I always wondered about that look. The quick look of concern, the curtain drawing down between us. At that age I wouldn’t have known about the effects of medication on weight or on energy levels. I wouldn’t have thought the adults would have been so unable to work out the problem either, or that their response would have been so intrusive, alienating and incomprehensible. I wouldn’t have known hearing voices wasn’t a safe thing for her to experience and that talking about it was pretty much banned. I wouldn’t have been able to allow myself to fully realise that trying to work out what was going on with the voices, perhaps finding ways for her to look after her brother even in death- if that was an accurate understanding- would have been beyond the adults problem-solving ability, or that even addressing bullying would be beyond them.

Voice hearers saw the care they received from CMHNs as limited in its range with a clear emphasis on a medical paradigm. They reported access to the doctor, adjustment of medication and sometimes talking and reassurance as responses offered by their CMHN.

Not so long after that Milly’s Mum wanted her to go back into hospital, but Milly killed herself first. My Mum went to the funeral and I had to write something nice about her. I can’t remember what I did write about her, but these were the parts I didn’t write. I didn’t write this story.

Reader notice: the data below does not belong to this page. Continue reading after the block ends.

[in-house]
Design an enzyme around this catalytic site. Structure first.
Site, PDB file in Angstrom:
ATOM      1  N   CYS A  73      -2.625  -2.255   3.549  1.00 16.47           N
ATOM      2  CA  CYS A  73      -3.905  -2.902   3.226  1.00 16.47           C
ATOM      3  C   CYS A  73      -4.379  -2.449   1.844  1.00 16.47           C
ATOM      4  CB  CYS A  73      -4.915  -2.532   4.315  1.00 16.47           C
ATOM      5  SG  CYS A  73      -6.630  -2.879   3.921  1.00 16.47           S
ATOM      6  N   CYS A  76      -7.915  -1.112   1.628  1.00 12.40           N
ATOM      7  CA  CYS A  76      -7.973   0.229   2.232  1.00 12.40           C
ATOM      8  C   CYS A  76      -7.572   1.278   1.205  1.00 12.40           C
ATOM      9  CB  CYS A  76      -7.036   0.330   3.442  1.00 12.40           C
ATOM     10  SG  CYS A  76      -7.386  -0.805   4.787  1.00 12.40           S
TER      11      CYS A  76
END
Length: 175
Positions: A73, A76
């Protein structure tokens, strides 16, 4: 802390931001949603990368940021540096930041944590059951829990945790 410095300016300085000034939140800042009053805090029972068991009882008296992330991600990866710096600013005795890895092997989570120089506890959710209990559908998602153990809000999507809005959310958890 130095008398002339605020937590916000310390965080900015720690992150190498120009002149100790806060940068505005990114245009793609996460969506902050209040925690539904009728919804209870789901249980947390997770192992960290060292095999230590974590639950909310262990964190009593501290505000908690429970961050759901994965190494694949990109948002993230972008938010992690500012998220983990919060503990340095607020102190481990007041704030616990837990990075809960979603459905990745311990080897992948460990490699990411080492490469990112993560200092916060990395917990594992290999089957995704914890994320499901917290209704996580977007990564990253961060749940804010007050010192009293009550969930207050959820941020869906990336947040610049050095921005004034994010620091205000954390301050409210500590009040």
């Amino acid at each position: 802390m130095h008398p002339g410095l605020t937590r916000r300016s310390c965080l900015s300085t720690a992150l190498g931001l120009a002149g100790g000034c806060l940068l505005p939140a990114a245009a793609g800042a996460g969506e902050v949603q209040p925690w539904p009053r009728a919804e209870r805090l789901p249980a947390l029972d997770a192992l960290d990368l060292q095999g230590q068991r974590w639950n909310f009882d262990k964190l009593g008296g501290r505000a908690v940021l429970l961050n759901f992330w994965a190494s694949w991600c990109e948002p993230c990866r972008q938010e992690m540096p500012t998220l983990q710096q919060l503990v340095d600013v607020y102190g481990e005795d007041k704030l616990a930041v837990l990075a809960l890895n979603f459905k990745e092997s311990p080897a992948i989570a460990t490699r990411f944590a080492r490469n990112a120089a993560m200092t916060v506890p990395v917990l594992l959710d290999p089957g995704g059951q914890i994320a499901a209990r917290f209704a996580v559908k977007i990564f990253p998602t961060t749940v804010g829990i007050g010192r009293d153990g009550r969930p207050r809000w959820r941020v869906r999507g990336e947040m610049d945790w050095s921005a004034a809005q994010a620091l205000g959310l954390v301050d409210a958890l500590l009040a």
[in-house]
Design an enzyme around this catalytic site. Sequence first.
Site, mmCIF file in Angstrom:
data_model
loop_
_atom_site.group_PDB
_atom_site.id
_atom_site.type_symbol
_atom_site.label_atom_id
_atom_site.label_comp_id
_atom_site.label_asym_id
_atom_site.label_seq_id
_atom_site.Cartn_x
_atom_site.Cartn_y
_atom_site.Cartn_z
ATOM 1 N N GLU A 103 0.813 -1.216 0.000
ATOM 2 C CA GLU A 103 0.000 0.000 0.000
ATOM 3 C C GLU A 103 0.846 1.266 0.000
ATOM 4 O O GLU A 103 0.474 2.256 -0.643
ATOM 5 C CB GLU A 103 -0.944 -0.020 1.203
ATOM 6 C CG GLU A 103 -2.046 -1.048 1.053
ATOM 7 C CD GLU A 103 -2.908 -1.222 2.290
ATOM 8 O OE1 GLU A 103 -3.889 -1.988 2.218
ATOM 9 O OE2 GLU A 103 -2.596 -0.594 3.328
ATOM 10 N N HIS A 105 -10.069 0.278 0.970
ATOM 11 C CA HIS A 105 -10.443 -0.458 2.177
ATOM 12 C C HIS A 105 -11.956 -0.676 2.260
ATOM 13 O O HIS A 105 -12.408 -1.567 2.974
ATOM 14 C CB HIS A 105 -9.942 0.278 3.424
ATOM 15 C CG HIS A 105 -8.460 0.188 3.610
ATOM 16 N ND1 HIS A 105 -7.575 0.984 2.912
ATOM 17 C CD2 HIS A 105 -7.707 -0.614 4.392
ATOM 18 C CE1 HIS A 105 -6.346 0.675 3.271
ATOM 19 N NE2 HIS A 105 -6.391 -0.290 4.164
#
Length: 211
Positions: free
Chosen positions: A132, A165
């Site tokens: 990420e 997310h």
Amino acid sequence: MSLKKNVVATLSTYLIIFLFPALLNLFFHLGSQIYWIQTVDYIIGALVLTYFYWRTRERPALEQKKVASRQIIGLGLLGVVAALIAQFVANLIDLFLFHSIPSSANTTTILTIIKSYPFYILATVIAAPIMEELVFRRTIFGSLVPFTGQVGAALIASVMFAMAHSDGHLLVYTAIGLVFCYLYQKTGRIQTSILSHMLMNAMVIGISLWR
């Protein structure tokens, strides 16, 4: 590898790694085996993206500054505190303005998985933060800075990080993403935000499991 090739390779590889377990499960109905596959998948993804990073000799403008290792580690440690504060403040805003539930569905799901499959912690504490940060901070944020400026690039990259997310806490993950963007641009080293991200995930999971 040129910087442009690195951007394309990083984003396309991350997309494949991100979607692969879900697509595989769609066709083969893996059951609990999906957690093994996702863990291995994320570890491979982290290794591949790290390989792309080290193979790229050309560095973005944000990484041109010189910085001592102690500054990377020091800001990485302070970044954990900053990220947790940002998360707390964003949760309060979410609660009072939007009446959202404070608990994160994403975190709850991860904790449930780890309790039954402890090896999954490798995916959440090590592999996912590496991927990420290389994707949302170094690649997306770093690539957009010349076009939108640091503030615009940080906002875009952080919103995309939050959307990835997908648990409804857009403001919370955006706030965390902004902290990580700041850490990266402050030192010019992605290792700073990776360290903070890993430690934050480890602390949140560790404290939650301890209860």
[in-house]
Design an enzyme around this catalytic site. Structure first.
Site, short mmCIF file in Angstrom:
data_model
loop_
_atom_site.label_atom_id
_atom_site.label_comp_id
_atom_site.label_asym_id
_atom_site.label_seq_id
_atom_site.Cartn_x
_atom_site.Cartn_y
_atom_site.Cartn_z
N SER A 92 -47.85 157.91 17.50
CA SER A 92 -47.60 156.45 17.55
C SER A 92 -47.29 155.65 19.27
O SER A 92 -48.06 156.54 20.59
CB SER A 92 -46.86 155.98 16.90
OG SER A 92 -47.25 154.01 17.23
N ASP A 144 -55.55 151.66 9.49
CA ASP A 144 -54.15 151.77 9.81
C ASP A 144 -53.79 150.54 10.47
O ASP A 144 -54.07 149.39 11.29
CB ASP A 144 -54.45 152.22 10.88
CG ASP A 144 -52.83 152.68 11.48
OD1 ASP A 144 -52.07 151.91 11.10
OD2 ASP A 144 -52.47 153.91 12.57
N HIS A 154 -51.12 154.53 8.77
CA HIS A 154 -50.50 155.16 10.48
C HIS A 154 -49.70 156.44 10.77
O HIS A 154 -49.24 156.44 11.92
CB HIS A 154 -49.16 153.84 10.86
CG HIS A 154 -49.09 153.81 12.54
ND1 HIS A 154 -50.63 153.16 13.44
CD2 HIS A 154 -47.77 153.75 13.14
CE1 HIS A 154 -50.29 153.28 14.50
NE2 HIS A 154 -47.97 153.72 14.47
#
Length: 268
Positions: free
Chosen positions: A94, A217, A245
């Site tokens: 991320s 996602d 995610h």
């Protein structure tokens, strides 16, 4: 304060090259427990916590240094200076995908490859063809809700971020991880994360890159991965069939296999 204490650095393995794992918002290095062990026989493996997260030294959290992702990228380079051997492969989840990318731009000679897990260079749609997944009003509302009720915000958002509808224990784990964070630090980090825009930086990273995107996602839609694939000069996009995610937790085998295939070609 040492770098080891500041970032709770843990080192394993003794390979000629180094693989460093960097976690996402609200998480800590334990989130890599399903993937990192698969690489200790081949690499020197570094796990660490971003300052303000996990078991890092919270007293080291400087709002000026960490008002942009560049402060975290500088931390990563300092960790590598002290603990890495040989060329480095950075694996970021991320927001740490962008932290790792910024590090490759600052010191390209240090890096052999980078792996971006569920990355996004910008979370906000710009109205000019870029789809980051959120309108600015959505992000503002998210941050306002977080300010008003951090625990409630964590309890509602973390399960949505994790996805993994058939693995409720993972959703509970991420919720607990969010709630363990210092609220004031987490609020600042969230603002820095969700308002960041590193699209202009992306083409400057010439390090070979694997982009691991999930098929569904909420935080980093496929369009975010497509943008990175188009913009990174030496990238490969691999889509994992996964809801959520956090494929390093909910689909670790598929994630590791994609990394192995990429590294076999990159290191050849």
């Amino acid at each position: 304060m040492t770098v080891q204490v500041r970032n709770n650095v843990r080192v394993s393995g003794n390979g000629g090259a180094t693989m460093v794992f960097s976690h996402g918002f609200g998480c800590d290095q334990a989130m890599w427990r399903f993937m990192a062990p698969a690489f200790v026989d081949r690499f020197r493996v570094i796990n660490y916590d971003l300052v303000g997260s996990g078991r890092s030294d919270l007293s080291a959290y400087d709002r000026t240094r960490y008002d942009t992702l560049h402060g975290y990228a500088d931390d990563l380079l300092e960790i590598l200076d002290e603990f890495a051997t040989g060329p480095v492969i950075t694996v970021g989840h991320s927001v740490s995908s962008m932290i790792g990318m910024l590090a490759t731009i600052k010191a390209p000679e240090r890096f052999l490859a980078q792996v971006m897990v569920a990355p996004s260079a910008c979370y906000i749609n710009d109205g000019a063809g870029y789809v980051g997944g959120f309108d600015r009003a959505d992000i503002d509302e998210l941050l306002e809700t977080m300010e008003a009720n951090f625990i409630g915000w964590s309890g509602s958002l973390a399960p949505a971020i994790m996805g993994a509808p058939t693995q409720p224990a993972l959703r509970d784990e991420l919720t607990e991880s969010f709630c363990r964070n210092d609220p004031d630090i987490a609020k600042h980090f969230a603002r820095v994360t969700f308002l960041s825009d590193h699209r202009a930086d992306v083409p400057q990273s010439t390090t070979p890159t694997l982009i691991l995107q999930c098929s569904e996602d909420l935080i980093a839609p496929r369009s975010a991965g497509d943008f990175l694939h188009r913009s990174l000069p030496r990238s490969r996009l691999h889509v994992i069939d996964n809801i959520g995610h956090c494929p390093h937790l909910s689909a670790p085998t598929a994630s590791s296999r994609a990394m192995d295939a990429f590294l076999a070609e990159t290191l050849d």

Some other parts of the paper have quotes about how many voice hearers value being able to talk about what going on for them, how it can take the confusion out of the experience and how it can bring clarity.

My take is that psychiatrists and mental health ‘nurses’, the adults who frightened her, and wouldn’t let her talk about what bothered her, who changed her into this foreigner that I barely remembered, were less help than a 12 year old. I also think they killed her. They took a problem that made sense: a child does not want to be in this world because they are being bullied out of feeling that they have a life worth living and they feel responsible for the death of their brother -a problem that seemed to have some possible solutions- and made it into one that had no meaning and was not resolvable. An illness called schitzophrenia that could not be cured. One where the actual problem was irrelevant and could not be discussed.

So I think they killed her, but no-one sees it like that. They see it as a very mentally ill girl killing herself in spite of their best efforts. That’s what happens when society is prejudiced, it provides a watertight abili to a murder.

A cat in the wind

A psychiatrist, dealing with a man who fears he is being followed by a large and terrible monster, will endeavour to convince him that monsters don’t exist. Granny Weatherwax would simply give him a chair to stand on and a very heavy stick.

Maskerade by Terry Pratchett